Things You'll Need
Mandarin orange tree
Protect your mandarin orange trees from temperatures below 26 degrees F. Wrap the trunk of your mandarin orange tree in a blanket and use stakes to secure the corners of the blanket to the ground. If you live in a climate where the temperature frequently drops below 26 degrees F, consider planting your tree in a large pot that you can bring indoors during cold weather.
Do not allow the contact herbicide to come into contact with the bark or foliage of your mandarin orange tree.
Citrus reticulata trees, also known as mandarin orange trees, are willowy citrus trees that produce easy-to-peel and exceptionally sweet citrus fruit. Native to the Philippines and southeastern Asia, mandarin orange trees are cold-hardier than most other varieties of citrus. Still, the tender mandarin oranges can be damaged by temperatures lower than 26 degrees F, they and grow best in USDA plant hardiness zones 9 and 10. With deep green foliage and bright orange fruit, mandarin orange trees can make an attractive and fruitful addition to your home landscape.
Plant your mandarin orange tree in a location in your home landscape that receives between eight and 10 hours of direct sunlight each day. The planting location you choose for your mandarin orange tree should also offer well-drained soil.
Use a circular mound of potting soil to construct a watering ring on the surface of the soil around your mandarin orange tree that is approximately 2 feet in diameter. Form the walls of the watering ring so that they are 6 inches high and 6 inches thick. Fill the ring with water and wait for it to soak into the soil.
Water your mandarin orange tree using the watering ring method once or twice a week for the first month after planting. Decrease the frequency of watering to once every seven to 10 days until the entire watering ring is absorbed into the surrounding soil. Provide established mandarin orange trees with at least 1 inch of water each week in the absence of rain.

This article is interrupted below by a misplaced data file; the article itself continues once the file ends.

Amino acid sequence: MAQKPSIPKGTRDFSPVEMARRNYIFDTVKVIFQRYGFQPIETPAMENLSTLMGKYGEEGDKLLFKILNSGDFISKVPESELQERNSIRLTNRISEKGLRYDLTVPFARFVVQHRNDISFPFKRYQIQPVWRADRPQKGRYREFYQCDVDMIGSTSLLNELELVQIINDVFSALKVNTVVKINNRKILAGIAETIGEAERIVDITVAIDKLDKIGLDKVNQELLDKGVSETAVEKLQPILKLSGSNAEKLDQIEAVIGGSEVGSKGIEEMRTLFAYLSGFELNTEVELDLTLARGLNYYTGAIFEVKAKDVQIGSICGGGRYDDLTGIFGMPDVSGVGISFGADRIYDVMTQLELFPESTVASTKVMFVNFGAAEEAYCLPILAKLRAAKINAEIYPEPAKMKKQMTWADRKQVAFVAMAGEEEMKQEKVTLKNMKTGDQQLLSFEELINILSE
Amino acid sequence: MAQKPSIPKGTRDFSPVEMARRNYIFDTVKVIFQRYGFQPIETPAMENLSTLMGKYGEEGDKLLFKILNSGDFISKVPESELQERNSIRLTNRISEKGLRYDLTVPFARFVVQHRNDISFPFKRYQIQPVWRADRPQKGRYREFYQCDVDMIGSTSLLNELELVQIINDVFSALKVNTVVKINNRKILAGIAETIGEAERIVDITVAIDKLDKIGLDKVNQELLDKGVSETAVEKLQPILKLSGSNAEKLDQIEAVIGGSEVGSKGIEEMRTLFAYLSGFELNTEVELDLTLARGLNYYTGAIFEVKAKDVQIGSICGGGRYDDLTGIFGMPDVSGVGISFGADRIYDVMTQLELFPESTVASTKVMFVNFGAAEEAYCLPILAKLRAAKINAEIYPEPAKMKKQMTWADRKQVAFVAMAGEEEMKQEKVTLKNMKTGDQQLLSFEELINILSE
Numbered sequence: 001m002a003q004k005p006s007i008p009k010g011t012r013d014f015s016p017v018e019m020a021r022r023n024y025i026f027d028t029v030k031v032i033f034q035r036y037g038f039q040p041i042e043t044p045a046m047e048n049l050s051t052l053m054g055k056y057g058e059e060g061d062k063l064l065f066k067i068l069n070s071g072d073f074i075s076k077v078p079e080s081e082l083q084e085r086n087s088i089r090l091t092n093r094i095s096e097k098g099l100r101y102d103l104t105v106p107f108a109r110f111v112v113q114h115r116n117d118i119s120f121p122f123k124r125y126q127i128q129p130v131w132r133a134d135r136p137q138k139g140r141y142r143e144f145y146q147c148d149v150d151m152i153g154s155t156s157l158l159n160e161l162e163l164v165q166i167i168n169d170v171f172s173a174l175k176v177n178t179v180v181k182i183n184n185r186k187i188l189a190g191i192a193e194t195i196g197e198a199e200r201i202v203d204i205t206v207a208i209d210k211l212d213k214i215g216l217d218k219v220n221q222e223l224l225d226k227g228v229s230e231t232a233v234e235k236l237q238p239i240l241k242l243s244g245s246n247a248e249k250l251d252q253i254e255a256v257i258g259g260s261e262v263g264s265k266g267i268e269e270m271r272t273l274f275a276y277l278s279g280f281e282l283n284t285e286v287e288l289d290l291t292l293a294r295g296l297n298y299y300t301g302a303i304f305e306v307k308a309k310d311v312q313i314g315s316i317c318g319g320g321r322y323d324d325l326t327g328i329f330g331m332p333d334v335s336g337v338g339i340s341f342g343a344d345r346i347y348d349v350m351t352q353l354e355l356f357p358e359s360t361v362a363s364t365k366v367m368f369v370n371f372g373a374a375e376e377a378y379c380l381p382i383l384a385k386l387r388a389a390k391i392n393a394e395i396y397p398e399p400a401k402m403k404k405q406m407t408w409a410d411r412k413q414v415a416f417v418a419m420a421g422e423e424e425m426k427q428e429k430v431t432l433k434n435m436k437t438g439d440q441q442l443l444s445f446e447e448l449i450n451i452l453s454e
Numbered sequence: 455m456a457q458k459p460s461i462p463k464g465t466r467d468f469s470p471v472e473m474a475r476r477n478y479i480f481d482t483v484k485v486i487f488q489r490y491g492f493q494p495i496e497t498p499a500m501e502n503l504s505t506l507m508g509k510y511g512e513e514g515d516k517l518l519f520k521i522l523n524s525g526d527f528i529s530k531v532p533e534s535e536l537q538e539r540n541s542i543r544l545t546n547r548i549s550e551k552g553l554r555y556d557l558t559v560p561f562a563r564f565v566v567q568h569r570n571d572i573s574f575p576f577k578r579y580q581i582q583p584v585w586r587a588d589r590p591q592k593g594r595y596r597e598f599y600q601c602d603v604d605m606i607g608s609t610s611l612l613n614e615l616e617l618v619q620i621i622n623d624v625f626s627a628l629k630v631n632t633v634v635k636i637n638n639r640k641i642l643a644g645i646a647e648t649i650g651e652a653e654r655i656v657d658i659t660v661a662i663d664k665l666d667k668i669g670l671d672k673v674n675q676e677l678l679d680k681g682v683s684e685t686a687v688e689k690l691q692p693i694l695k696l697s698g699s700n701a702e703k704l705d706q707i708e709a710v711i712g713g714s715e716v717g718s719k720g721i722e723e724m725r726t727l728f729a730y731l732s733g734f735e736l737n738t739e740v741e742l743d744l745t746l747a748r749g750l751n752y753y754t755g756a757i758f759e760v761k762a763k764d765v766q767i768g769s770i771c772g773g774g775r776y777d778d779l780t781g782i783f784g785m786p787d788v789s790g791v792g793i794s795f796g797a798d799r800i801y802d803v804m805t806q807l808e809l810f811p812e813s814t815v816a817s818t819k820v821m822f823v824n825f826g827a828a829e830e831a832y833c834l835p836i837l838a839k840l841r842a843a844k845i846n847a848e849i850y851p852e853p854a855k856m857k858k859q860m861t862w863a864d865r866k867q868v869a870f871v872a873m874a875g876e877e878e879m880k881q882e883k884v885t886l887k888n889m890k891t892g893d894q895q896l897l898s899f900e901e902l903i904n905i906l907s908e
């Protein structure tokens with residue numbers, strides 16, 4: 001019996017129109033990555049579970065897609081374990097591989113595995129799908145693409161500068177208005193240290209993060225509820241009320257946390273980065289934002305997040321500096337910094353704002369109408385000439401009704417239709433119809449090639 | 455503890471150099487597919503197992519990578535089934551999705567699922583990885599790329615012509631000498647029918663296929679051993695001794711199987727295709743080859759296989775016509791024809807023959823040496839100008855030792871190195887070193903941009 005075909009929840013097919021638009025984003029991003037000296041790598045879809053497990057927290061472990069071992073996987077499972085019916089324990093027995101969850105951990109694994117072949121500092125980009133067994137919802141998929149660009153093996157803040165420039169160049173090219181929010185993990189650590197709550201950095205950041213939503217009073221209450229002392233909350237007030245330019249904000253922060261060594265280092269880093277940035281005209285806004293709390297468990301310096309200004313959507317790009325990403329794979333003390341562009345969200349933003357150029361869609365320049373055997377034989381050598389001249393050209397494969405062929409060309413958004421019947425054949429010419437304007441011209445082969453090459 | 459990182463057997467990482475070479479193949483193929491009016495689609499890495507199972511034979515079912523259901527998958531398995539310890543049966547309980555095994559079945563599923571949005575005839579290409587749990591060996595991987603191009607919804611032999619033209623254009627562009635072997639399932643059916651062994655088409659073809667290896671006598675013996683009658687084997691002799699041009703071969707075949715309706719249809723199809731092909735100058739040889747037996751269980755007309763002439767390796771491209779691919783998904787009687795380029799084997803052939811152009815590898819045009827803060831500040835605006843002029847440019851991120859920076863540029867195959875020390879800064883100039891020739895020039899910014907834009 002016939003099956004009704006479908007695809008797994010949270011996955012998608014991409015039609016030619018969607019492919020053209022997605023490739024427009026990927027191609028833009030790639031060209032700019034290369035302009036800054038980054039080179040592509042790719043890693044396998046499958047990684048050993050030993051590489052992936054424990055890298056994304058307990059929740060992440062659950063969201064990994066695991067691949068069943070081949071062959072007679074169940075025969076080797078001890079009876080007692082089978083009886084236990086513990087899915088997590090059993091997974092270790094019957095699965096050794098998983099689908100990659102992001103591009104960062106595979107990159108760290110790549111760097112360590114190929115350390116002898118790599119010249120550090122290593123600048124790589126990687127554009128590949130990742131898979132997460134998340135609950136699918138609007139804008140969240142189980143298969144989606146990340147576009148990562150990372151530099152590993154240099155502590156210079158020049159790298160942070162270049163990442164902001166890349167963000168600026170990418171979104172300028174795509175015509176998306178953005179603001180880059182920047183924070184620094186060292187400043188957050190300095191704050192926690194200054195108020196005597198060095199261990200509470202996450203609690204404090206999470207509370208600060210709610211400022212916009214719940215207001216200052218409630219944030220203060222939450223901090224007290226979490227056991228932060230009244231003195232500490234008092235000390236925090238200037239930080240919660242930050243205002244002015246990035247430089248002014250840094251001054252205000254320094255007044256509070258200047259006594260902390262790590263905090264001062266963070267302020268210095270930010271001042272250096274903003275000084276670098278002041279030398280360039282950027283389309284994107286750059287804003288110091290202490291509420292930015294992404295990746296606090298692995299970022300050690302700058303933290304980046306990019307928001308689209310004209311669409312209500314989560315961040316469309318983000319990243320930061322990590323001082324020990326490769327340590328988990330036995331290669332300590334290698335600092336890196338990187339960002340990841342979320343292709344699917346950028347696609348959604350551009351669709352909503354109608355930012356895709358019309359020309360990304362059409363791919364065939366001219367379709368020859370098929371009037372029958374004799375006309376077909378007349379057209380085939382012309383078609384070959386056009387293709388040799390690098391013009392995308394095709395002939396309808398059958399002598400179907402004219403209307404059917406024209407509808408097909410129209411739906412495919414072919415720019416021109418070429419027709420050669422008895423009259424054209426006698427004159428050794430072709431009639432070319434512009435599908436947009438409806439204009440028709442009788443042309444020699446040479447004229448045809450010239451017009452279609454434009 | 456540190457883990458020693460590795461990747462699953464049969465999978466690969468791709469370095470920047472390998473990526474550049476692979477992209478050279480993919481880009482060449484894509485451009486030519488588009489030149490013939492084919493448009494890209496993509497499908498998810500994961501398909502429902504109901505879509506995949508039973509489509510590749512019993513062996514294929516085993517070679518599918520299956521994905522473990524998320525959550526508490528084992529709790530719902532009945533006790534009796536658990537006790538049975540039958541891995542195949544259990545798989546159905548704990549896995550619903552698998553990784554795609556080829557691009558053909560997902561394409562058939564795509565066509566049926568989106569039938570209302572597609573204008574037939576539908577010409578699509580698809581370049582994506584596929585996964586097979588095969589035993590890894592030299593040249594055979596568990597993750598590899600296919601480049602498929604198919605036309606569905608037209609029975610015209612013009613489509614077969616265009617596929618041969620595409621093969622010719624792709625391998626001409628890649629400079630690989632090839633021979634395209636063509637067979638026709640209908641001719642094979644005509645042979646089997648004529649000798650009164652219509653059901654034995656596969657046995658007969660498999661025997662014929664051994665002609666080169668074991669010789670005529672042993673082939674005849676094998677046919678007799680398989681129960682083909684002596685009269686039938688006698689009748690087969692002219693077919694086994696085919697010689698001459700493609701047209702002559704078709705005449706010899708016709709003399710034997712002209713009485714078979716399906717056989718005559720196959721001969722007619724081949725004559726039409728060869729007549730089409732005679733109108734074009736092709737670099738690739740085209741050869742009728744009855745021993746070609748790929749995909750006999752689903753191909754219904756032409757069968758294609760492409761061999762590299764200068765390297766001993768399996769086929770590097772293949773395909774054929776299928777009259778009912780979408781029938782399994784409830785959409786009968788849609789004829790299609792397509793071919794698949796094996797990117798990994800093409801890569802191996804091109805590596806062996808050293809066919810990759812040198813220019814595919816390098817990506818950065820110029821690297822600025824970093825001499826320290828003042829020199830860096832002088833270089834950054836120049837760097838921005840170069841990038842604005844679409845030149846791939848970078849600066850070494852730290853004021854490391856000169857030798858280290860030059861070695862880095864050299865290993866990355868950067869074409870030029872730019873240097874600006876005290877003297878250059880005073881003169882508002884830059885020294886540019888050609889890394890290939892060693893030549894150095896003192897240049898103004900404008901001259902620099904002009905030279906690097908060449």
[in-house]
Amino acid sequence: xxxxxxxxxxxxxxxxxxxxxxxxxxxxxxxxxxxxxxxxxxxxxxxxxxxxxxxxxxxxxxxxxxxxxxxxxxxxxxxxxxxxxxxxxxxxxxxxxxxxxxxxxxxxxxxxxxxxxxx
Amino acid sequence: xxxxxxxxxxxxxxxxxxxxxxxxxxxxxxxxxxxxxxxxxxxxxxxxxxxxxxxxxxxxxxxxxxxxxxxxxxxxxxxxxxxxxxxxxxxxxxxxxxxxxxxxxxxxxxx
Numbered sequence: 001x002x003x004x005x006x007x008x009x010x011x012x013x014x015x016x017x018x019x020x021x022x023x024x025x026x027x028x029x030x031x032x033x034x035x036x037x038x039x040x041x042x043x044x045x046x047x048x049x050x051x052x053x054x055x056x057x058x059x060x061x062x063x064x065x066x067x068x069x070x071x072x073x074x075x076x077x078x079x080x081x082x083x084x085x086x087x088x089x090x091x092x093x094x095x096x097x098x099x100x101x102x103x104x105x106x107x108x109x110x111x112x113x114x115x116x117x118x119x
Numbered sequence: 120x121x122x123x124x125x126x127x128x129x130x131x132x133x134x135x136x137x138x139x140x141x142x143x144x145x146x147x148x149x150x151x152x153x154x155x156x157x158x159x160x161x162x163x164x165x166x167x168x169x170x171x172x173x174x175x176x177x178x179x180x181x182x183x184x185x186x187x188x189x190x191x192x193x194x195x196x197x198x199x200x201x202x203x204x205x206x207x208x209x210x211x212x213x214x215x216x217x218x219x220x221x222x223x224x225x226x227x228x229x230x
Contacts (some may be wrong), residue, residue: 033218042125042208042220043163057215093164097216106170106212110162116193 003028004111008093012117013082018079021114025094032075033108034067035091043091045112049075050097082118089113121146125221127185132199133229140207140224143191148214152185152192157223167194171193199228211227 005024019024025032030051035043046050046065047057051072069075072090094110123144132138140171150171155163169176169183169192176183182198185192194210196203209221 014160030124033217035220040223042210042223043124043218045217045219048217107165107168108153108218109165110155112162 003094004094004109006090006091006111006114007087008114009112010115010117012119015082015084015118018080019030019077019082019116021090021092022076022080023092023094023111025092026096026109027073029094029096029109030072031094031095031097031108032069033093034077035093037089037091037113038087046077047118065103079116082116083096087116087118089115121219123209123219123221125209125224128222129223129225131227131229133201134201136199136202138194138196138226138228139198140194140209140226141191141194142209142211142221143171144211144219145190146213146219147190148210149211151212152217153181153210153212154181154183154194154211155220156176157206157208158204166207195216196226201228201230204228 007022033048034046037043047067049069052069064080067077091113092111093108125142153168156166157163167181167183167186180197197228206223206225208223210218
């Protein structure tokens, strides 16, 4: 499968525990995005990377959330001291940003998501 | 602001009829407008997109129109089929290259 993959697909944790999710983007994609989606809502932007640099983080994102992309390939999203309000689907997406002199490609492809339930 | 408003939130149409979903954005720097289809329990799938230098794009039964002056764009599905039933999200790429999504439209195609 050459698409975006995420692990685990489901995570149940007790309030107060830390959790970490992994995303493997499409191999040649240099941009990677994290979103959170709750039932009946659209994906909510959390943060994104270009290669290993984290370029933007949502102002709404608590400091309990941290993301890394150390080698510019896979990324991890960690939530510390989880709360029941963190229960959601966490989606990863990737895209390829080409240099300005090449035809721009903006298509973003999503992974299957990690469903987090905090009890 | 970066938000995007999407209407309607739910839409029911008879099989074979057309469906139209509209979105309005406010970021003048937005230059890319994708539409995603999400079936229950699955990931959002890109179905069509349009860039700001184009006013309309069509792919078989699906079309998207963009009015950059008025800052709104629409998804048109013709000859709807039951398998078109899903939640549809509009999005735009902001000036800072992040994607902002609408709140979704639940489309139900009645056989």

Keep the soil underneath your mandarin orange tree free of grass and weeds, which will try to compete with your tree for moisture and nutrients. Hand-pull simple weeds, or use a contact herbicide for more stubborn vegetation. Use chemical herbicide products according to package directions to avoid harming your tree.
Fertilize mandarin orange trees in the spring, once new growth is observed, using a fertilizer that has been specially formulated for citrus trees. Though specially formulated citrus fertilizer is preferred, you can use 21-0-0 or 20-10-10 fertilizers. Apply the fertilizer to the soil around your mandarin orange tree according to package directions.
Prune your mandarin orange tree, as needed, to remove broken, diseased or dead branches. Use only sharpened and sterilized pruning shears when pruning your mandarin orange tree to avoid the possible spread of disease.
Megan Mattingly-Arthur has been writing professionally since 1998. She has contributed to various publications, including "Teen Voices" and "Positive Teens" magazines, as well as a book, "The Young Writer's Guide to Getting Published." Mattingly-Arthur is studying travel and tourism through Penn Foster Career School.